06) Iconography of Glyphs

In this digital collection, we have begun introducing examples of "iconography" from codex pages where the example does not qualify as a hieroglyph, but where it can be helpful for making comparisons and informing our analysis of glyphs. That said, glyphs themselves have an iconography that is important to recognize, for instance as a means of understanding a glyph's embedded meaning and why the tlacuilo painted it the way it appears.

For example, glyphs for water [a(tl)] often have streams splashing off the main flow, and the tips of these splashes have turbinate shells and droplets, usually in an alternating pattern, one after the other. Some scholars interpret the droplets as jade [chalchihuitl) beads, given the iconographic similarity between drops and beads, with their smaller, concentric circles. Water and jade can also share a green color and a translucence. In the hieroglyphs from the Codex Mendoza, at the heart of this collection, the preeminent color of choice for water, however, is a turquoise blue. The hieroglyph for turquoise (xihuitl) has this same blue.

The apan(tli) (canal or irrigation ditch) is a regularly recurring glyph in place name. It has distinctive iconographic features, too, starting with (typically) a trapezoidal shape. It is open at the top and has a lining that runs from one side, down across the bottom, and up the other side, containing the water (with its usual characteristics and color, although with some exceptions). The canal lining will vary somewhat in how many layers it has, but the full features include a layered effect with red and yellow liners and an outer wall of green with pairs of yellow hash marks. The green and yellow might suggest some kind of construction, distinguishing a purpose-built canal from a ditch with water. We have yet to understand the full meaning of these graphic elements, but we do also see the red and yellow lines at the bottom of the tepe(tl) (where a natural spring can emerge from the mountain), adding another differentiation between the earth and the water within or on it. For further explorations on the red and yellow colors used as a separation between exteriors and interiors, see the article on the left navigation bar on the front page of this digital collection.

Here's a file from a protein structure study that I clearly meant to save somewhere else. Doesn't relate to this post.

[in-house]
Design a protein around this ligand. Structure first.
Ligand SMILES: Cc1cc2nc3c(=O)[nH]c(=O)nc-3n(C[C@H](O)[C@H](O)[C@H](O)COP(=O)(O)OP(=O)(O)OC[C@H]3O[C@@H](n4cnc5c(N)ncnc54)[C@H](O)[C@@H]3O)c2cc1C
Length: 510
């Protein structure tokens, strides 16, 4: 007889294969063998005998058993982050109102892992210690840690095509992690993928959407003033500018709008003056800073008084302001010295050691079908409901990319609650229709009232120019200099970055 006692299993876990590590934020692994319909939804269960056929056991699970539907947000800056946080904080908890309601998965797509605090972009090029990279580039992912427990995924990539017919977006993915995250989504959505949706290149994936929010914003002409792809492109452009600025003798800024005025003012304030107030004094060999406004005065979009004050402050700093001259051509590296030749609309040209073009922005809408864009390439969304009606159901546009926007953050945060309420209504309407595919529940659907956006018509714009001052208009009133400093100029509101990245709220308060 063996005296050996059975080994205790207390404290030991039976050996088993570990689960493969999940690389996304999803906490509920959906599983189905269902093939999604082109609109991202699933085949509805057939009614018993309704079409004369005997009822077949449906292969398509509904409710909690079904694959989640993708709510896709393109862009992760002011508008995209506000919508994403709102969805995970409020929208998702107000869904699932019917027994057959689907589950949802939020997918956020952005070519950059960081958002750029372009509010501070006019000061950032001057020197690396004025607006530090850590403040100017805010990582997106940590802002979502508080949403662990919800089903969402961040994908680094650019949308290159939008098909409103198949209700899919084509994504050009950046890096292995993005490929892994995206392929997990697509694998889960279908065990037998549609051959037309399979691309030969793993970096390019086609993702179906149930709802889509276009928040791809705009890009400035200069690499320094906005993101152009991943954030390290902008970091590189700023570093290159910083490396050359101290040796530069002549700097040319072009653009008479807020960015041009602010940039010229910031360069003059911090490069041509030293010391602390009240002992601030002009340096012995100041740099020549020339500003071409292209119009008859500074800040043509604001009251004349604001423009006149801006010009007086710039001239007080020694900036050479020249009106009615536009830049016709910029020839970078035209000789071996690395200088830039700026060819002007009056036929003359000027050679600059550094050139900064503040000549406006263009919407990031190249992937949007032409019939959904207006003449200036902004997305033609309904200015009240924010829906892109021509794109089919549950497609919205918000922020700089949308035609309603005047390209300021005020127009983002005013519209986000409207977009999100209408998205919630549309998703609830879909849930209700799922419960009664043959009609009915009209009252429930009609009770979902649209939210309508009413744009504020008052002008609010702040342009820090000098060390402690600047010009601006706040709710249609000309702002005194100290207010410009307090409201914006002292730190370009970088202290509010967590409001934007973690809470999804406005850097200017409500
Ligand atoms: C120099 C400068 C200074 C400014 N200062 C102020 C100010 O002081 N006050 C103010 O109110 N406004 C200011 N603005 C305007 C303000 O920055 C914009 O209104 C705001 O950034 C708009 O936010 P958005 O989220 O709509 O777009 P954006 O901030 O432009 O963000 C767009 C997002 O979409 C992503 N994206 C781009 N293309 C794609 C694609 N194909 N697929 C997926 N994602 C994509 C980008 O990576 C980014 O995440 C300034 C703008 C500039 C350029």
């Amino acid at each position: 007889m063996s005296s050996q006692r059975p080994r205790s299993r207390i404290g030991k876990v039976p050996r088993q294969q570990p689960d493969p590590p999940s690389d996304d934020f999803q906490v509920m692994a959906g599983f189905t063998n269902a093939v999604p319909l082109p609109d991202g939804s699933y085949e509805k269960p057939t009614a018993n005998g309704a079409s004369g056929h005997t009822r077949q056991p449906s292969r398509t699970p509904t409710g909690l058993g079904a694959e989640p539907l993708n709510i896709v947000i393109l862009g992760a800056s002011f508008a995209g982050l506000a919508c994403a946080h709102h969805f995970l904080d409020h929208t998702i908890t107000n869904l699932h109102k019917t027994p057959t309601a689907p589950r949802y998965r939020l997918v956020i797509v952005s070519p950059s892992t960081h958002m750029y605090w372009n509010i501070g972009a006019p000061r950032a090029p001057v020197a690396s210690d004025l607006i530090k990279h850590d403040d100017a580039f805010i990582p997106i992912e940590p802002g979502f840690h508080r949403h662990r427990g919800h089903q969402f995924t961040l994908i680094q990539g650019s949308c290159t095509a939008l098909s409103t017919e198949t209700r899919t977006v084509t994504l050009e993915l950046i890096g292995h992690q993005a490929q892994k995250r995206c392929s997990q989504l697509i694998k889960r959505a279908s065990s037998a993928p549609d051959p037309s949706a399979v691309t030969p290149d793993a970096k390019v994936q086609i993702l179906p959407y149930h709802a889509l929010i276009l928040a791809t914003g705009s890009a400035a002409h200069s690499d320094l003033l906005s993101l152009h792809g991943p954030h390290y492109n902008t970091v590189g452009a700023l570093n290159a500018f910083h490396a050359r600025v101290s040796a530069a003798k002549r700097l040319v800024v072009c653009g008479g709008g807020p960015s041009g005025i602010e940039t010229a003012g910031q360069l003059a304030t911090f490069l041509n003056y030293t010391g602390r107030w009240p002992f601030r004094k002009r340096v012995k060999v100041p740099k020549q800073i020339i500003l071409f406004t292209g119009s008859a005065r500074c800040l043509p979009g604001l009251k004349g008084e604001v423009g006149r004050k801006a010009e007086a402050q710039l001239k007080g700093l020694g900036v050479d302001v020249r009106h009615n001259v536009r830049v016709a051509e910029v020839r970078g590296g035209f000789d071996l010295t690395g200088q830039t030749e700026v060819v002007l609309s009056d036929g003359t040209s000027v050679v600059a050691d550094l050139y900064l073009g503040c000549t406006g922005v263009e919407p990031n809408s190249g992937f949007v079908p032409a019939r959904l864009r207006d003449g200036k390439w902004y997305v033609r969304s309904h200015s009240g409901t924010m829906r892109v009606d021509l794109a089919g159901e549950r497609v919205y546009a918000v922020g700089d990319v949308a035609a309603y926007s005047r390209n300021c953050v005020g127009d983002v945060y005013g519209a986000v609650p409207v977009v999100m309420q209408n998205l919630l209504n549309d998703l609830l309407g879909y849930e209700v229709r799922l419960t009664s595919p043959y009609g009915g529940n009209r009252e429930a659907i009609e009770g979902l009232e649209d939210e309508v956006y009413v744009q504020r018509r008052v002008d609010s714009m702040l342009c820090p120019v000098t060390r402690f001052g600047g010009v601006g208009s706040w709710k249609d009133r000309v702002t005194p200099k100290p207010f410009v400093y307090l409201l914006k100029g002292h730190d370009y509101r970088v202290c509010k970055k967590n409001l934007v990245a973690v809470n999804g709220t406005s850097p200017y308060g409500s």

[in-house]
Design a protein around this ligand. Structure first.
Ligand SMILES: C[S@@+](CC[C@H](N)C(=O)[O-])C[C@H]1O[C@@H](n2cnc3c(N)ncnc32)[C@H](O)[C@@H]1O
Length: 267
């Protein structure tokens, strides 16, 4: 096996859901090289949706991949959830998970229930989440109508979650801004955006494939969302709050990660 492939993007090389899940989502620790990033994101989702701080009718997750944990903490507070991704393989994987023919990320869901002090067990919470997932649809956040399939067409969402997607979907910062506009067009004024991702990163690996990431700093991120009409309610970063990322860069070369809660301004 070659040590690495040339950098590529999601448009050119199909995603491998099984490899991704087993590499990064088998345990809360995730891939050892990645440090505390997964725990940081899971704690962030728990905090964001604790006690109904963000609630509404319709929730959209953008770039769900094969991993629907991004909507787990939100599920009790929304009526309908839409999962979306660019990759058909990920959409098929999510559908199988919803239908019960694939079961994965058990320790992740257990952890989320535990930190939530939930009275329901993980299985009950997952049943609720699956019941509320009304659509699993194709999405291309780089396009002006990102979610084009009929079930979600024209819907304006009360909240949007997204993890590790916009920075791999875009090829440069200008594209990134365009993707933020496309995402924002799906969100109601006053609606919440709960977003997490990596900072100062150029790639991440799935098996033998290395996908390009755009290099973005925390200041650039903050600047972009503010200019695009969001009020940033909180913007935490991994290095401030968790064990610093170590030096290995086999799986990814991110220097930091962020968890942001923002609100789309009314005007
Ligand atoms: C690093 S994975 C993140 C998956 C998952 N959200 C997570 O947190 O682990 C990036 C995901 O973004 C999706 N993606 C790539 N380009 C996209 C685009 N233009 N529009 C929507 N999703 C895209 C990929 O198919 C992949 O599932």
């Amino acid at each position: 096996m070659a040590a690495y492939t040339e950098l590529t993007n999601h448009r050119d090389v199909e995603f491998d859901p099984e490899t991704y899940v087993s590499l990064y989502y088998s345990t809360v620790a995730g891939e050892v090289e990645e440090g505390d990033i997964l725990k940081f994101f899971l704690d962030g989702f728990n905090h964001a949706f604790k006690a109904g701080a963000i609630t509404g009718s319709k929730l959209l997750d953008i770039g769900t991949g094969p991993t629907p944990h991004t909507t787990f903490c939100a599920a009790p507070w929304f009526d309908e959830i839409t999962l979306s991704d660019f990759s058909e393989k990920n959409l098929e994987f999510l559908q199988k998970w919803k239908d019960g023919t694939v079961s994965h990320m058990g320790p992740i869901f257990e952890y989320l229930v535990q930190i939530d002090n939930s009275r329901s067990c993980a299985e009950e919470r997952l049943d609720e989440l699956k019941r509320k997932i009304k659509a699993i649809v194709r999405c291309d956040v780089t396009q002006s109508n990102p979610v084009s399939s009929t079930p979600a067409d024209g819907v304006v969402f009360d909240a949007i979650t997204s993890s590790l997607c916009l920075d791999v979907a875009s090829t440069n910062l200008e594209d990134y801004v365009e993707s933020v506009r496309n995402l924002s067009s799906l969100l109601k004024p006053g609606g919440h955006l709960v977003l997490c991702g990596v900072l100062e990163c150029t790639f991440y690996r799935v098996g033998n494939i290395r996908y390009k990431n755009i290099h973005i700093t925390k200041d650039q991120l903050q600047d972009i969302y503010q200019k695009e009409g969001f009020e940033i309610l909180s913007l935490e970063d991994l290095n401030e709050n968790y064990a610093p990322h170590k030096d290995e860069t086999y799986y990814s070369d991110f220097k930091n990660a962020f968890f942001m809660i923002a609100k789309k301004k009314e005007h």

Bodies of water, such as the apantli, can have undulating black lines, both thick and thin. These lines suggest the motion of waves or currents, and sometimes the lines swirl, reminiscent of eddies, or turn at angles. Angular turns of water in place names are somewhat rare in the Codex Mendoza, but swirling waters are fairly common. Other examples with these swirling waters are Azteccan and Anenecuilco.

The apan(tli) could be seen as a compound glyph in itself, being perhaps the equivalent of a pan(tli), furrow, full of water [a(tl)]. Thus, it is a glyph within a glyph. Beyond this, the apan(tli) has the capacity (and possible intentional function) to contain other hieroglyphs. See, for example, Ahuilizapan (top, left), where the man's body is half immersed in the water, his arms raised perhaps from the pleasure of being there. Another way to see the apantli is as a glyph upon which other glyphs can be superimposed, perhaps because, like the tepe(tl), it has an area in the middle that has room for a superimposition that is space-saving. Still, with the tepetl, objects that are not superimposed over the bell-shape of the hill will frequently be placed at its peak. Perhaps such placement at the top is meant to draw attention to the peaks, given the frequency with which pueblos with nearby peaks often have a strong oral tradition or lore that involves this sacred geography. See, for example, the work of Alan and Pamela Sandstrom in Northern Veracruz (Pilgrimage to Broken Mountain, 2022) and his contribution to Mother Worship (1982).

The tepe(tl), hill or mountain, also has its standardized iconography. Its rocky outcroppings, usually on each side but sometimes at the top, actually take a shape reminiscent of the curling edges of the te(tl) (stone, rock), which probably provides the phonetic clue that tepe(tl) begins with the sound "te." The word tepe(tl) possibly grew out of the word for te(tl), adding something meaningful to it, with the "pe." The rocky outcroppings on the slopes of hills and mountains are often the location of caves, and thus we find those same iconographic curls on the exteriors of caves, and caves, when shown in profile, can appear like mountains lying on their sides.

Thus, as with the apantli glyph, in the tepetl glyph we see again how iconography can be shared across different glyphs. Sometimes, too, a glyph serves as a niche for containing another glyph. See the hill with rocky outcroppings that contains the rain and hosts a number on top in the place name glyph, Chiconquiauhco (left). (Draft, SW.)